The article appeared under the byline of Carl Cameron, who has been following Mr Kerry on the campaign trail. It had been posted on the site, the network said in a statement, because of "fatigue and bad judgment, rather than malice."
"Carl Cameron made a stupid mistake and he has been reprimanded for his lapse in judgment. It was a poor attempt at humour and he regrets it," a Fox spokesman, Paul Schur, told the Los Angeles Times, though he would not give details of what action would be taken against Mr Cameron.
From Talking Points Memo:
So what happened?
Late this afternoon I spoke to Fox spokesman Paul Schur who told me the following ...
Carl [Cameron] made a stupid mistake which he regrets. And he has been reprimanded for his lapse in judgment. It was a poor attempt at humor.
So the Fox reporter covering the Kerry campaign puts together this Kerry-bashing parody right out of the RNC playbook with phony quotes intended to peg him as girlish fool and somehow it found its way on the Fox website as a news item.
Later on, Josh reprints a piece stating that no one has any idea how, or obviously if, Carl was disciplined. Nor, he makes it clear, does anyone know how the story appeared on the website. Fox claims Carl was tired. Does the website not have an editor? Does no one keep track of what a major news organization is telling millions of people all over the world? How on Earth does the website get updated in the first place? Is it done by techies who just sort of grab whatever material they find and post it? By the reporters themselves? By an organized process involving authorizations, sign-offs, requests, and decisions by executives? Maybe its just because I've worked in large organizations, but I have a very hard time believing it's not the last answer.
So, how does a media critic from a major newspaper handle this? I've reproduced the four times that Howard Kurtz from the Washington Post was asked about the incident.
Howard Kurtz: I deal with this in today's column. Sure it calls his objectivity into question. But Cameron was writing a parody that was not meant to be published or broadcast, and which was mistakenly posted on Fox's Web site.
Ramsey, N.J.: Have you actually tried to find out what, if anything, has Fox News done to punish Carl Cameron? He is obviously still covering a the campaign of a man he wants to lose.
Howard Kurtz: Fox executives say Cameron has been disciplined. Obviously, they haven't taken him off the Kerry campaign.
Bethesda, Md.: The thought of the story being "mistakenly" placed on a Fox News web-site strains credibility. But what makes me giggle even more is the notion posted by one of the chatters above that Cameron shouldn't be allowed to cover Kerry because he "obviously wants him to lose". Using that criteria regarding an alleged rooting interest, practically no one currently covering the Bush campaign for most of the TV networks should be allowed to do so ...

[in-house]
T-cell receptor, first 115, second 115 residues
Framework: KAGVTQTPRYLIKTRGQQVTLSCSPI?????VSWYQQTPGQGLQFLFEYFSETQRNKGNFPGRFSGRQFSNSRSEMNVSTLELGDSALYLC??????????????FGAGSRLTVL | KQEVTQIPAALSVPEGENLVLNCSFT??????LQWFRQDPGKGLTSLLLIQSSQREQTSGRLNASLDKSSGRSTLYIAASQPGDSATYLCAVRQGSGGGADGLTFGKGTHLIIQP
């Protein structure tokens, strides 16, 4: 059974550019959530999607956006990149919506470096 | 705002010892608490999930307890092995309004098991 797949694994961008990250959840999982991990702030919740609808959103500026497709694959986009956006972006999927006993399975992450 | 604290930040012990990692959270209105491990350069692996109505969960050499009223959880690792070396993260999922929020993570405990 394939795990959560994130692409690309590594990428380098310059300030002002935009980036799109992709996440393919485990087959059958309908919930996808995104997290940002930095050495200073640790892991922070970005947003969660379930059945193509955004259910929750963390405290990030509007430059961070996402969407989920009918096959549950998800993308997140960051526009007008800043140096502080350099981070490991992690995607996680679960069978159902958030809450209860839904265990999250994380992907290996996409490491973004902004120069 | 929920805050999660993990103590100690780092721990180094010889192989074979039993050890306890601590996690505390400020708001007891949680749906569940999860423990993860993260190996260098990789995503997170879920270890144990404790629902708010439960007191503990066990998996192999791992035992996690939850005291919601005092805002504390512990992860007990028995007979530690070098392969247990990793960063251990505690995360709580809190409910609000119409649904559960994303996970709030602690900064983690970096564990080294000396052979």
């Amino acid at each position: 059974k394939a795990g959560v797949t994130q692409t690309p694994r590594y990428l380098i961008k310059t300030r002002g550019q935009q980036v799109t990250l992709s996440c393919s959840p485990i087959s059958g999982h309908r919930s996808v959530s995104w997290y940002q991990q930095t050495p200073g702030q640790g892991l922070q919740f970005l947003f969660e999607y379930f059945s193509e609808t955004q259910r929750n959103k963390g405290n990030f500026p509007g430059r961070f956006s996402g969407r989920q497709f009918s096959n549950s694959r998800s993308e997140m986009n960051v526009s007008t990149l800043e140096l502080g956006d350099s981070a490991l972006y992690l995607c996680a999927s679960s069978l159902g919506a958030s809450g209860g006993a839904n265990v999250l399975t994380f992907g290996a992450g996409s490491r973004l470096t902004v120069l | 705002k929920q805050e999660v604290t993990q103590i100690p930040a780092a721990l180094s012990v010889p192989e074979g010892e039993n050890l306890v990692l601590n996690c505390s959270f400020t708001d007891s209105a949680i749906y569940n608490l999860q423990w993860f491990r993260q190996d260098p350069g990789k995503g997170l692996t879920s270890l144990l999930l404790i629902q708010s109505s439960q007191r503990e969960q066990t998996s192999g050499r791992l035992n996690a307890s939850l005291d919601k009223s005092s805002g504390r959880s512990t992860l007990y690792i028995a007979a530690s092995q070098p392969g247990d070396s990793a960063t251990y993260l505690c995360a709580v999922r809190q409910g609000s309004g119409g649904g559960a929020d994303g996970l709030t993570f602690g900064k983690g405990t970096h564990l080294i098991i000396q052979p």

Howard Kurtz: I'm not buying your comparison, but even if it were true, the test isn't whether journalists have opinions but whether they can keep those opinions out of their work. As for the notion that the Fox posting was no accident, this doesn't make sense. Why would a news organization put up a story it KNEW to be false, since that would cause great embarrassment and require a correction? Remember, these bogus quotes were attributed to Kerry, so it's not like no one would notice.
Anonymous: Excuse me?
Why would you buy into that lame excuse provided by Fox News? Are you trying to be fair and balanced? Or are you attempting to obfuscate the fact that more than likely, those people at Fox News knew exactly what they were doing when they "leaked" Cameron's parody of Kerry.
They make news, remember?
Fair and balanced they are not.
Howard Kurtz: I still don't see how this episode helps Fox. Executives there are angry at Carl Cameron and see this as a setback for their credibility.
Keep in mind, this is after Kurtz has said at the beginning of the call-in:
So, wheres the research? Where is any sign whatsoever that Kurtz did anything more strenuous than pick up a phone and chat with some Fox executives? This is a guy who gets paid more than a shelf-stocker at a grocery store, i.e. minimum wage? Yeesh!
For Kerry: Calm, collected, having to raise his voice only because the jackass over there is raising his. Kerry had to explain things several times because Bush obviously didn't get them the first time.
Bush made several arguments that appeared to make perfect sense, but only until you remembered what the situation actually was. Bush's comments on how Kerry would make terrible economic decisions was especially bizarre. Had he run the economy in a decent manner, he might have a smidgen of credibility when it came to assessing how the other guy would do. His comments on creating one & something million jobs was positively bizarre. With an absolutely crappy job-creation record, with a four-year total that roughly approaches what a one-year record should look like, Bush is simply in no position whatsoever to criticize anybody's economic plans.
Saying that the US has 30 countries on our side in Iraq sounds real impressive until you realize that France, Germany and Russia are not among them and that eight countries have left.
John Kerry is supposed to be the man of nuance. But he can't seem to grasp the
implications of his boldest foreign policy statement in last week's presidential
debate - a principle that might be described as the "Mother, May I?" doctrine.